6th February 1783. ‘Capability’ Brown and Rhubarb.

What rhubarb, senna, or what purgative drug would scour these English hence’: Macbeth, Scene III.

Rhubarb of family Polygonaceae. The colour depends on the presence of Anthocyanins a parent class of Flavonoids which impart the red colour to the stems. It is a laxative!

Lancelot ‘Capability’ Brown, gardener, landscape designer and flatterer of the rich who died today in 1783 would have been familiar with antique rhubarb varieties, but made his name in landscape design.

Brown was born in 1716 at Kirkharle in Northumberland becoming an apprentice gardener at 16 working on the Kirkharle Estate until 24 before going on to design 170 gardens including Blenheim and Warwick Castle.

To celebrate the tercentenary of his birth Doddingtom Farm at Kirkharle not only produced a cheese in his memory but a vintage rhubarb ice-cream using an antique rhubarb variety as used in Brown’s day, from their fields near the dairy.

Brown was to inspire William Kent who had created the garden at Thomas Coke’s Holkham Hall, following the natural landscapes of Claude Lorraine and the 17thc Italian paintings and so ended formal geometric parterres typical of previous times.

One of Brown’s innovations was the ‘ha-ha’ a sunken barrier separating pleasure grounds from the fields. Temples, grottoes and follies proliferated, however one garden defeated Brown: ‘the place is so flat’, he said in declining the 3rd Earl of Harrington’s request to landscape his 200 acre estate at Elvaston, Derbyshire. (1)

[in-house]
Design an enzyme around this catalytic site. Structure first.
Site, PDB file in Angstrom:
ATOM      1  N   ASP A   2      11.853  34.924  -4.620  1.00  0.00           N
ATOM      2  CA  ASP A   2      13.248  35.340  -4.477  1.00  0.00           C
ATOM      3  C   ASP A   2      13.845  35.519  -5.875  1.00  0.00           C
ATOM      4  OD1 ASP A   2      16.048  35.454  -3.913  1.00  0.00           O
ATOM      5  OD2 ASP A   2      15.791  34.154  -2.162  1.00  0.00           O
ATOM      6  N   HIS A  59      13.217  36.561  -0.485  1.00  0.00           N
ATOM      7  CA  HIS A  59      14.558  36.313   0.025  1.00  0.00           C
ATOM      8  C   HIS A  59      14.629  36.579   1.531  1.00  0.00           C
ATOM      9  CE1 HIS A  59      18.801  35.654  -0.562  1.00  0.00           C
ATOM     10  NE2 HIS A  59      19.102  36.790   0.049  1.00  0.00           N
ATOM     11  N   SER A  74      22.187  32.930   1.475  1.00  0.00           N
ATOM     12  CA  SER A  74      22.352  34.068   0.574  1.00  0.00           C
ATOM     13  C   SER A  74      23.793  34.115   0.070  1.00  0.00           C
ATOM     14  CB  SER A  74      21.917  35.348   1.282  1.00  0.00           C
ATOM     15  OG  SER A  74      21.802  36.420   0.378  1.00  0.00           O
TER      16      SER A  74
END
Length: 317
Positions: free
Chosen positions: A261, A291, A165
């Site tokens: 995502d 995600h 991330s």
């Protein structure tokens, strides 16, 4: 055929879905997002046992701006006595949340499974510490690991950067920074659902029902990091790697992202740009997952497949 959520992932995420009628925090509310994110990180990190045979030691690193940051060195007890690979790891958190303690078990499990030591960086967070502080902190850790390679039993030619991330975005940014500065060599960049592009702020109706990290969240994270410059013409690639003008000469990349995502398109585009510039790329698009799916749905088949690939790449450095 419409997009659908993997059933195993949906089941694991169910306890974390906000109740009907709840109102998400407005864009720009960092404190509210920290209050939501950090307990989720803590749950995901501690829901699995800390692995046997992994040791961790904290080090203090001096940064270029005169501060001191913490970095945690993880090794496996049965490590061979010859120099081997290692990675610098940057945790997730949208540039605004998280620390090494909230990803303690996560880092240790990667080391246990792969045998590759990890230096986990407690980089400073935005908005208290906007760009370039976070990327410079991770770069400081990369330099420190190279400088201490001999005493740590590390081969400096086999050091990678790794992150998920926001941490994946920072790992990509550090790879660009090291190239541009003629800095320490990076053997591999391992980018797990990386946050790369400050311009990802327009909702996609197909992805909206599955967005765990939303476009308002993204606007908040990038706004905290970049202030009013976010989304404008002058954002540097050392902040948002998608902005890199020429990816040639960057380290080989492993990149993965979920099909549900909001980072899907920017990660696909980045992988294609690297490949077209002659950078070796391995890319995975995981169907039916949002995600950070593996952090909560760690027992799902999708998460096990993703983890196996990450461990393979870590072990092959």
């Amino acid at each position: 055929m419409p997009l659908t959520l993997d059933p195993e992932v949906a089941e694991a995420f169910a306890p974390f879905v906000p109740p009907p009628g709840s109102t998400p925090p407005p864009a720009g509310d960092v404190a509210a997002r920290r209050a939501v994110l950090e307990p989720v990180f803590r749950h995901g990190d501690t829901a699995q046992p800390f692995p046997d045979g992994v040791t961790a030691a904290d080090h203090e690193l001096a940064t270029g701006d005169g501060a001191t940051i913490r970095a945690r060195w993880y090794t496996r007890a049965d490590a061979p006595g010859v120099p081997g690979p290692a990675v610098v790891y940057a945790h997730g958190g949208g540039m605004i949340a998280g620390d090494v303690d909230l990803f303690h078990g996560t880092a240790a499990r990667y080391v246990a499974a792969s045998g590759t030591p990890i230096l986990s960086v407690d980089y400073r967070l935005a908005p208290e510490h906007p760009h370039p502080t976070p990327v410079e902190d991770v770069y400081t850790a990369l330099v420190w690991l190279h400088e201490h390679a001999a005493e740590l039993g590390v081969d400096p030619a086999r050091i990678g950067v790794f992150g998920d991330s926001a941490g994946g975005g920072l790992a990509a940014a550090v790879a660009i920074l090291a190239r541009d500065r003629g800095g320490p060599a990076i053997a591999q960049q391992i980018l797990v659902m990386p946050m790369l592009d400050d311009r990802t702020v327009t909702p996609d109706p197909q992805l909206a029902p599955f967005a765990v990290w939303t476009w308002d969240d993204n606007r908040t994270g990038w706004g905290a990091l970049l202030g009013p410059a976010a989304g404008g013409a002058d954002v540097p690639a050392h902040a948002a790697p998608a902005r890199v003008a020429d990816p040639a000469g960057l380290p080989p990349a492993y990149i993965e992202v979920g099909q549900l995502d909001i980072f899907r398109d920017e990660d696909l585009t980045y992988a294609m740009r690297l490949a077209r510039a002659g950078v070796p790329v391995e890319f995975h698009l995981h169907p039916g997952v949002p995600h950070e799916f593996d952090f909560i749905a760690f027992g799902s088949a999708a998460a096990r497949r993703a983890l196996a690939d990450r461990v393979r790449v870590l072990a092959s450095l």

Badminton House in the 19thc showing grounds designed by Brown.

After achieving royal recognition with Hampton Court, Brown went on to Blenheim Palace in the 1760s where with 2,500 acres he dammed a river and laid out trees and paths to match the Battle of Blenheim.

Whilst we can still enjoy Brown’s landscapes today we can also enjoy rhubarb much of the early maturing varieties coming from the Rhubarb Triangle near Halifax, Yorkshire where it is forced in dimly lit sheds.(2)

(1) Elvaston was the Country’s first Country Park in 1970.

(2) Rhubarb ( Rheum rhabarbarum) leaves are poisonous containing Oxalic Acid and in WWI many were poisoned when it was thought they could be used to alleviate food shortage.

Ref: rhubarbinfo.com.poisons.

Ref: Charles Darwin: The Power of the Place. Vol 2. E Janet Browne.

Ref: neconnected.co.uk. Sept 2nd 2016. Courtney MaCarton.

Ref: wikipedia.org.rhubarb/Pic.

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About colindunkerley

My name is Colin Dunkerley who having spent two years in the Royal Army Pay Corps ploughed many a barren industrial furrow until drawn to the 'chalk-face' as a teacher, now retired. I have spent the last 15 years researching all aspects of life in Britain since Roman times.

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